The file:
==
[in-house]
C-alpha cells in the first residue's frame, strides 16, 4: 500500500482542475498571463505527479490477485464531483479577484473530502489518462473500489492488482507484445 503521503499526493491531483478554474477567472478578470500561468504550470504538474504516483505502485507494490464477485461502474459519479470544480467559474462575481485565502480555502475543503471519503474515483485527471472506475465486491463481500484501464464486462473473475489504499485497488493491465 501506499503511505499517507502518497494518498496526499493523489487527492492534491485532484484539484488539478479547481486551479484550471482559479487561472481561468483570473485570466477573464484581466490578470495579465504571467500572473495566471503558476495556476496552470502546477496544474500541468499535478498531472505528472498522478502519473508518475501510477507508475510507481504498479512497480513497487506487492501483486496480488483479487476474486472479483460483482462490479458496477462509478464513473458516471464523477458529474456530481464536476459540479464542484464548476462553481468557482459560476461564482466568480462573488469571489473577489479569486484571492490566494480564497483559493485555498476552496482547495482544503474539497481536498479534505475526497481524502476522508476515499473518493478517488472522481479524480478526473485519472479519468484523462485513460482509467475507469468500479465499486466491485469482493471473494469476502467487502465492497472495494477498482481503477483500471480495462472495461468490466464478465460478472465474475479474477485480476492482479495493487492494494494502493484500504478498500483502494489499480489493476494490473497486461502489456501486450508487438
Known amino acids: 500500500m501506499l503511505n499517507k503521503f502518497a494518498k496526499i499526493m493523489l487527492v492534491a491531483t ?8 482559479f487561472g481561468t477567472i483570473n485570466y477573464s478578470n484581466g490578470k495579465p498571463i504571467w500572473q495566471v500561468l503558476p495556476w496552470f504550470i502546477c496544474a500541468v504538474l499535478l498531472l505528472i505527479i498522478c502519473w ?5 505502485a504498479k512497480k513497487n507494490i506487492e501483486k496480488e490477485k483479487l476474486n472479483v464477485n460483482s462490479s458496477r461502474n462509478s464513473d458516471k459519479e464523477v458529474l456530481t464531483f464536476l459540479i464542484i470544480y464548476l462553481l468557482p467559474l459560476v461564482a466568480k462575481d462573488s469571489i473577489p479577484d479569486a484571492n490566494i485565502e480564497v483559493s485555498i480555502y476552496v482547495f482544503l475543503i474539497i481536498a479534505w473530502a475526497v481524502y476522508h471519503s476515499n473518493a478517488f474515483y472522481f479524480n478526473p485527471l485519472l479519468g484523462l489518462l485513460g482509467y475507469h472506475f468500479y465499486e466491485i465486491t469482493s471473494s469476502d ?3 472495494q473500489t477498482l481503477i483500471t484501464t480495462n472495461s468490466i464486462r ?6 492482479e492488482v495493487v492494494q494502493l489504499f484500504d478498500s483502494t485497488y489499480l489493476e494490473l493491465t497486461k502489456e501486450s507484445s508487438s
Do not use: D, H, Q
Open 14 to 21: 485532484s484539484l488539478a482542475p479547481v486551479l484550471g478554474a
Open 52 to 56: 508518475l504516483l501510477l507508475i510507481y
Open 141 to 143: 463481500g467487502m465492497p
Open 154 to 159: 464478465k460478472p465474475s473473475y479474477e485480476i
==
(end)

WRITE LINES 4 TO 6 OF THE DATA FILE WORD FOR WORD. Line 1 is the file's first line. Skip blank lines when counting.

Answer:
Do not use: D, H, Q
Open 14 to 21: 485532484s484539484l488539478a482542475p479547481v486551479l484550471g478554474a
Open 52 to 56: 508518475l504516483l501510477l507508475i510507481y